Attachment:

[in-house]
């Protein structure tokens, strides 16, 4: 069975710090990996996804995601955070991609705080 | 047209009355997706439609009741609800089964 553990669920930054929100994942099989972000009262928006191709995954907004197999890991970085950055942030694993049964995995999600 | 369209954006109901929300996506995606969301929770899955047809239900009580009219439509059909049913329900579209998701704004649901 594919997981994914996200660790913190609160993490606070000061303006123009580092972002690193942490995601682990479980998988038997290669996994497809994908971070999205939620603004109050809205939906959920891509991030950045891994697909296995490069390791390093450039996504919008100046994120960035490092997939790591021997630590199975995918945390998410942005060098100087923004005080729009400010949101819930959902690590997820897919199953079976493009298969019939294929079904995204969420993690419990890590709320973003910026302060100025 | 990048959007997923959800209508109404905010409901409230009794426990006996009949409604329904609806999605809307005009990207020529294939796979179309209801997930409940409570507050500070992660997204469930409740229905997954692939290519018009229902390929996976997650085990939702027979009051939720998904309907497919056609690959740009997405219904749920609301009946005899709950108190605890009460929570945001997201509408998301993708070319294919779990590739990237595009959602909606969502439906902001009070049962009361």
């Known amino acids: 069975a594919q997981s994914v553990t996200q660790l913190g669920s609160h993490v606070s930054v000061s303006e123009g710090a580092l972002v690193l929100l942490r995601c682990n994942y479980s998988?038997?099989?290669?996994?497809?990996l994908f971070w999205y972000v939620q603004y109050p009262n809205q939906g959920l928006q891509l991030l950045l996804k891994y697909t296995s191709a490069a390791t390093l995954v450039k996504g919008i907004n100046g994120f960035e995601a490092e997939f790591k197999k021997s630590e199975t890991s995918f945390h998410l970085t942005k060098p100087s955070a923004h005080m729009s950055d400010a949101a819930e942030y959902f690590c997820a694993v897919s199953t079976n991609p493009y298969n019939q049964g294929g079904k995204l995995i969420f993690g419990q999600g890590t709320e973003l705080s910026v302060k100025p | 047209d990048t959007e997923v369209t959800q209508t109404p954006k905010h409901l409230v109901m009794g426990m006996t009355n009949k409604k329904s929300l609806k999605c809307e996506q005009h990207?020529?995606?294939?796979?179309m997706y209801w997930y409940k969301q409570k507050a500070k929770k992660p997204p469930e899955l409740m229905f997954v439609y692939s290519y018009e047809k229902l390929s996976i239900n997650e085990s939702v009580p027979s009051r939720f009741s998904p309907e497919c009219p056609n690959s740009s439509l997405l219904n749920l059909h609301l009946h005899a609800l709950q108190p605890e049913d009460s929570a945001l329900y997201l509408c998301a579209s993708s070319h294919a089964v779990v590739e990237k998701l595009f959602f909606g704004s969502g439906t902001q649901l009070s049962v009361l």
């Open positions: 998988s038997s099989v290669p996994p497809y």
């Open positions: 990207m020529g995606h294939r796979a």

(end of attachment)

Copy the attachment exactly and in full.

[in-house]
């Protein structure tokens, strides 16, 4: 069975710090990996996804995601955070991609705080 | 047209009355997706439609009741609800089964 553990669920930054929100994942099989972000009262928006191709995954907004197999890991970085950055942030694993049964995995999600 | 369209954006109901929300996506995606969301929770899955047809239900009580009219439509059909049913329900579209998701704004649901 594919997981994914996200660790913190609160993490606070000061303006123009580092972002690193942490995601682990479980998988038997290669996994497809994908971070999205939620603004109050809205939906959920891509991030950045891994697909296995490069390791390093450039996504919008100046994120960035490092997939790591021997630590199975995918945390998410942005060098100087923004005080729009400010949101819930959902690590997820897919199953079976493009298969019939294929079904995204969420993690419990890590709320973003910026302060100025 | 990048959007997923959800209508109404905010409901409230009794426990006996009949409604329904609806999605809307005009990207020529294939796979179309209801997930409940409570507050500070992660997204469930409740229905997954692939290519018009229902390929996976997650085990939702027979009051939720998904309907497919056609690959740009997405219904749920609301009946005899709950108190605890009460929570945001997201509408998301993708070319294919779990590739990237595009959602909606969502439906902001009070049962009361």
């Known amino acids: 069975a594919q997981s994914v553990t996200q660790l913190g669920s609160h993490v606070s930054v000061s303006e123009g710090a580092l972002v690193l929100l942490r995601c682990n994942y479980s998988?038997?099989?290669?996994?497809?990996l994908f971070w999205y972000v939620q603004y109050p009262n809205q939906g959920l928006q891509l991030l950045l996804k891994y697909t296995s191709a490069a390791t390093l995954v450039k996504g919008i907004n100046g994120f960035e995601a490092e997939f790591k197999k021997s630590e199975t890991s995918f945390h998410l970085t942005k060098p100087s955070a923004h005080m729009s950055d400010a949101a819930e942030y959902f690590c997820a694993v897919s199953t079976n991609p493009y298969n019939q049964g294929g079904k995204l995995i969420f993690g419990q999600g890590t709320e973003l705080s910026v302060k100025p | 047209d990048t959007e997923v369209t959800q209508t109404p954006k905010h409901l409230v109901m009794g426990m006996t009355n009949k409604k329904s929300l609806k999605c809307e996506q005009h990207?020529?995606?294939?796979?179309m997706y209801w997930y409940k969301q409570k507050a500070k929770k992660p997204p469930e899955l409740m229905f997954v439609y692939s290519y018009e047809k229902l390929s996976i239900n997650e085990s939702v009580p027979s009051r939720f009741s998904p309907e497919c009219p056609n690959s740009s439509l997405l219904n749920l059909h609301l009946h005899a609800l709950q108190p605890e049913d009460s929570a945001l329900y997201l509408c998301a579209s993708s070319h294919a089964v779990v590739e990237k998701l595009f959602f909606g704004s969502g439906t902001q649901l009070s049962v009361l």
């Open positions: 998988s038997s099989v290669p996994p497809y």
């Open positions: 990207m020529g995606h294939r796979a």